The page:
Voters wait in line to cast their ballots in the 2016 presidential election in Mount Pleasant Township, Adams County. (Shutterstock/Bill Dowling) A Line of Voters in Mount Pleasant Township 2016
Voters wait in line to cast their ballots in the 2016 presidential election in Mount Pleasant Township, Adams County. (Shutterstock/Bill Dowling)

The Keystone’s troubleshooting guide for Election Day.

Officials across Pennsylvania are working to make sure everyone who is eligible to vote gets a chance this year. 

With all of the changes addressing the coronavirus pandemic, voting can be confusing.

Let’s look at what you need to know about voting this year.

Can I Register to Vote on Election Day in Pennsylvania?

No. You have to register to vote by 11:59 p.m. on Oct. 19.

Pennsylvania allows you to register in several ways: You can register online, through the mail, in person at your county’s election office, at Pennsylvania Department of Transportation offices, and at a few other official state offices.

If I Am Voting By Mail, Where Do I Take My Ballot?

If you’re mailing in your ballot, you can vote at your kitchen table and mail it in.

Or you can drop it off at your county elections office. Some counties have designated drop boxes or satellite elections offices, and you can drop off your mail-in ballot there. Only you may drop off your mail-in ballot at any of these locations; a friend or relative is not permitted to do it for you.

What Do I Do if I Requested a Mail-in or Absentee Ballot, But Decided I Want to Vote in Person?

You bring both your mail-in or absentee ballot and the outer return envelope to your polling place. A poll worker will invalidate the ballot. And you will be able to vote there.

How Do I Know Where to Vote in Person?

When you registered to vote, you should have received a voter registration card that tells the location of your polling place. If you have misplaced the card or you are not sure if the location has changed, you can use the Department of State’s nifty little webpage to find your voting place. 

What Do I Need to Bring With Me?

If it is your first time voting at a precinct, you need to bring ID.

Acceptable forms of identification include:

  • Driver’s license
  • Military ID
  • Voter registration card
  • Passport
  • Firearm permit
  • Current utility bill, bank statement, paycheck or government check
  • Any form of government ID

You should also wear a mask. Do your part to help curb the spread of the novel coronavirus.

What If I Received a Mail-in Ballot and Don’t Remember Applying for One?

According to the Department of State, it is likely that you applied for annual ballots during the primary.

My Name Isn’t on the Voter Roll at My Polling Place. What Do I Do?

As long as you’re a registered voter, you will be able to cast a provisional ballot. A provisional ballot will allow local election officials to record your vote while county election officials determine if you are eligible to vote. The county is expected to make a decision within seven days.

If you are eligible, the vote will be counted.

To avoid this problem, make sure to double-check your voter registration status before Election Day. 

What Do I Do if a Poll Worker Asks for My ID and I Don’t Have It With Me?

If it is your first time voting at a polling place, you must have your ID to vote. Once you’ve voted at that place, you don’t need to present your ID again.

What Do I Do if a Poll Watcher Challenges My Eligibility to Vote?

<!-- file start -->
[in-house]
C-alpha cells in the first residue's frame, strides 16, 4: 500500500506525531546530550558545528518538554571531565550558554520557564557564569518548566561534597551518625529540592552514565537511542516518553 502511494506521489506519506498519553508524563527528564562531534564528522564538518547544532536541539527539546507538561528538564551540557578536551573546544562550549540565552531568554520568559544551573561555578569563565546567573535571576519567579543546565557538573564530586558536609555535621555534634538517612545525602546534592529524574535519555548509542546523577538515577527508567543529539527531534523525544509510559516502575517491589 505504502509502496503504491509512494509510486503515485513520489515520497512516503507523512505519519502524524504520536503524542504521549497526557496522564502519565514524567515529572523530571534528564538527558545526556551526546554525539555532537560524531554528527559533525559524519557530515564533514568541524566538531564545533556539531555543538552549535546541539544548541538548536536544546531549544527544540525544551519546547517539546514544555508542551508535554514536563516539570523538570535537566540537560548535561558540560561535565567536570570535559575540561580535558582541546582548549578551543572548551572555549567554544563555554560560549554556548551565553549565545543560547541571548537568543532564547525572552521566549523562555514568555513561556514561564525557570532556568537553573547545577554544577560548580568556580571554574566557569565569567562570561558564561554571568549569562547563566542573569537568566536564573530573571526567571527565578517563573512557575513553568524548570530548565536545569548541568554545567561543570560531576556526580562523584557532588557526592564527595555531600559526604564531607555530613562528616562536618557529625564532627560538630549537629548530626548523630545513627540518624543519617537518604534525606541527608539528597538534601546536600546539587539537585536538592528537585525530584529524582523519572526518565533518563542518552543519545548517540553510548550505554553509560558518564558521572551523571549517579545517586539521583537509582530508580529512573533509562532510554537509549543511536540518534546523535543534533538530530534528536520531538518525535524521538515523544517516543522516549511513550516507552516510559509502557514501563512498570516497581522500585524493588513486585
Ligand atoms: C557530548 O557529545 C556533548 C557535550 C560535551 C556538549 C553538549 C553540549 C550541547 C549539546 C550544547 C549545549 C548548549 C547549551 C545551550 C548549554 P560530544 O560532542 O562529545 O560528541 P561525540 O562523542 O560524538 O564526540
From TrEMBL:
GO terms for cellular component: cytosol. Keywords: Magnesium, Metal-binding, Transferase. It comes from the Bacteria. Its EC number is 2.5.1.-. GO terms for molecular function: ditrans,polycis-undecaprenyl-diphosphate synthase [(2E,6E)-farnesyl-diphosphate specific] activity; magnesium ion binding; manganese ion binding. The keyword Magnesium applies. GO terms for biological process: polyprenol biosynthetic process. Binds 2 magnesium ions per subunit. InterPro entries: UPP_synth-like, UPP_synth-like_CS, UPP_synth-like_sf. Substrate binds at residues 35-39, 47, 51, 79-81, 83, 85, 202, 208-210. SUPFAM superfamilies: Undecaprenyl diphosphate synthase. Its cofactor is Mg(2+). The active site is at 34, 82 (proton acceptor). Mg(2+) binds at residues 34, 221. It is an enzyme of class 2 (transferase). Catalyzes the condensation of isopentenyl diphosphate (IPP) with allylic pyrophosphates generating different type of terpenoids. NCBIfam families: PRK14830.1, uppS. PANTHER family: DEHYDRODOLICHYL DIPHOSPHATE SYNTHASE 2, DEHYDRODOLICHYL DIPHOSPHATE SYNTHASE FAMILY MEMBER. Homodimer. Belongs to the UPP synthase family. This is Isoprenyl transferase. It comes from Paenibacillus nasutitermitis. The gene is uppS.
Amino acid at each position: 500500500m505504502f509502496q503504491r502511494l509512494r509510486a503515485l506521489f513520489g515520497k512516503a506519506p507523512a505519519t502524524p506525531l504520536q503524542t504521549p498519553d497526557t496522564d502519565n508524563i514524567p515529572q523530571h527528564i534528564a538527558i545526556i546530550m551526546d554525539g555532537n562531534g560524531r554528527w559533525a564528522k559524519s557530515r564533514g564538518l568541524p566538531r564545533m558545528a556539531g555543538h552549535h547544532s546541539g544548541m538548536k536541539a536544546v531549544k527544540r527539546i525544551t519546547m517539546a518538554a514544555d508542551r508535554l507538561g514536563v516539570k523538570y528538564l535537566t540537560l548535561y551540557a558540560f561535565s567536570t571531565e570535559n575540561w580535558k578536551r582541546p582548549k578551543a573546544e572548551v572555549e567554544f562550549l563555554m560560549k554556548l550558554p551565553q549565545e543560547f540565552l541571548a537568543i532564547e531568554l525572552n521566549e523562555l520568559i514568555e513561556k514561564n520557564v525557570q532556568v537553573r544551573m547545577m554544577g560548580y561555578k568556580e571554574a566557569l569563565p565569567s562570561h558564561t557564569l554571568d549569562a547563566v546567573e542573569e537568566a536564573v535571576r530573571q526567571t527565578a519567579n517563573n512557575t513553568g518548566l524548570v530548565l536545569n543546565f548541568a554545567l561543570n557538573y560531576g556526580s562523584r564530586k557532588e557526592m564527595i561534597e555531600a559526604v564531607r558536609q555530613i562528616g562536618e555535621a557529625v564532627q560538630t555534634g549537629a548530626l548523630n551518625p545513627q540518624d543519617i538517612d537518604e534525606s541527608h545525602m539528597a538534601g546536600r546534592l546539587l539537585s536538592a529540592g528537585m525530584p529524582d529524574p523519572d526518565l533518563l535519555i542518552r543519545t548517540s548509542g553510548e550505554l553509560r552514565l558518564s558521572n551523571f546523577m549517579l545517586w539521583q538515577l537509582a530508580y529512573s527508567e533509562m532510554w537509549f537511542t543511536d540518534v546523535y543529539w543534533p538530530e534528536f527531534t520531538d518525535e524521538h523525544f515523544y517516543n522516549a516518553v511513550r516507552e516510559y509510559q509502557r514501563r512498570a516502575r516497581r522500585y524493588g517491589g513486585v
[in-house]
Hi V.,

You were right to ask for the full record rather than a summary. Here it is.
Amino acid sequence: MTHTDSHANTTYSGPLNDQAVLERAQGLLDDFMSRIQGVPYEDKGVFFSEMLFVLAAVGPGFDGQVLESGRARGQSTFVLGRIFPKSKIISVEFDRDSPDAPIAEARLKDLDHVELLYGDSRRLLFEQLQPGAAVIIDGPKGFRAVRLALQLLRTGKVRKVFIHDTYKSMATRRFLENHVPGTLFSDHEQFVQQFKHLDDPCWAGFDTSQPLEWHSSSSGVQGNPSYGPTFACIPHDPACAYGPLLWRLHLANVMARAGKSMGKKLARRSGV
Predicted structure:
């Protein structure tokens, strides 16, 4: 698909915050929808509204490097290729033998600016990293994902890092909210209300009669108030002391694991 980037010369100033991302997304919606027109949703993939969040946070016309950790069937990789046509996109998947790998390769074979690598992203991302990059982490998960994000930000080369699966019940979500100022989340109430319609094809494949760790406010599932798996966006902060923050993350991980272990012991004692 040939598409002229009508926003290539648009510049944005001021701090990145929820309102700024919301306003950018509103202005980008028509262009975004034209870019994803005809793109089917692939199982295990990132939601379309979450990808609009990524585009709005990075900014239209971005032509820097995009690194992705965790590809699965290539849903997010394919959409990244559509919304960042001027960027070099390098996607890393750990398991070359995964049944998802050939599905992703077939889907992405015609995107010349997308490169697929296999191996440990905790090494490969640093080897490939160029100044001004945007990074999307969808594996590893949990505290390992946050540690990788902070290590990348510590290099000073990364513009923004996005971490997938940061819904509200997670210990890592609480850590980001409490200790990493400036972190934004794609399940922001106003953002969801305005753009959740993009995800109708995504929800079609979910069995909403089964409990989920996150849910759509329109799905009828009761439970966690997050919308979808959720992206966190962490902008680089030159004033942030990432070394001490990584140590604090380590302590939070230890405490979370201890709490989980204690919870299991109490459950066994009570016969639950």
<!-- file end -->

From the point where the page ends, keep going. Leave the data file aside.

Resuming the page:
A poll watcher can challenge a voter’s eligibility only on the basis of identity or residency.

If the basis for the poll watcher’s challenge is one of those things, you can bring another voter from the same precinct to vouch for your identity and residence. That supporting voter will sign an affidavit. The judge of elections then must let you vote.

If you can’t find a supporting voter, you will have to vote by provisional ballot.

What Do I Do if Someone Attempts to Hand Me Campaign Literature or Talk to Me about the Election Inside the Polling Place?

People inside the polling place are not allowed to hand you campaign literature or talk to you about the election. Politely decline, and then tell the Judge of Elections and your county’s district attorney.

People who are standing outside the polling place—at least 10 feet away—are allowed to hand out campaign literature or talk to you about the election, and it is up to you to decide if you want to answer.

What Do I Do if Someone Inside the Polling Place Asks Who I’m Voting For?

People inside the polling place are not allowed to ask who you’re voting for. Politely decline, and then tell the Judge of Elections and your county’s district attorney.

People who are standing outside the polling place—at least 10 feet away—are allowed to ask, and it is up to you to decide if you want to answer.

What is Considered Voter Intimidation?

Though the state Department of State doesn’t have a comprehensive list of intimidation activities, here are some:

  • Blocking the entrance to a polling place
  • Confronting, hovering, or directly speaking to or questioning voters
  • Asking voters for documentation
  • Photographing or videotaping voters to intimidate them
  • Disseminating false or misleading election information
  • Disrupting voting lines inside or outside a polling place
  • Brandishing weapons
  • Telling someone they have to support a certain candidate

What Do I Do if I See or Experience Voter Intimidation?

Department of State officials say you should contact the county board of elections and the county district attorney. 

What Do I Do if a Poll Worker Says I Cannot Vote With a Regular Ballot?

You can ask for a provisional ballot.

What Happens if I’m Still in Line and It’s 8 p.m. on Election Day?

Stay in line. You still get to vote.

Courier Newsroom Contributing Writer Laura Grant contributed to this report.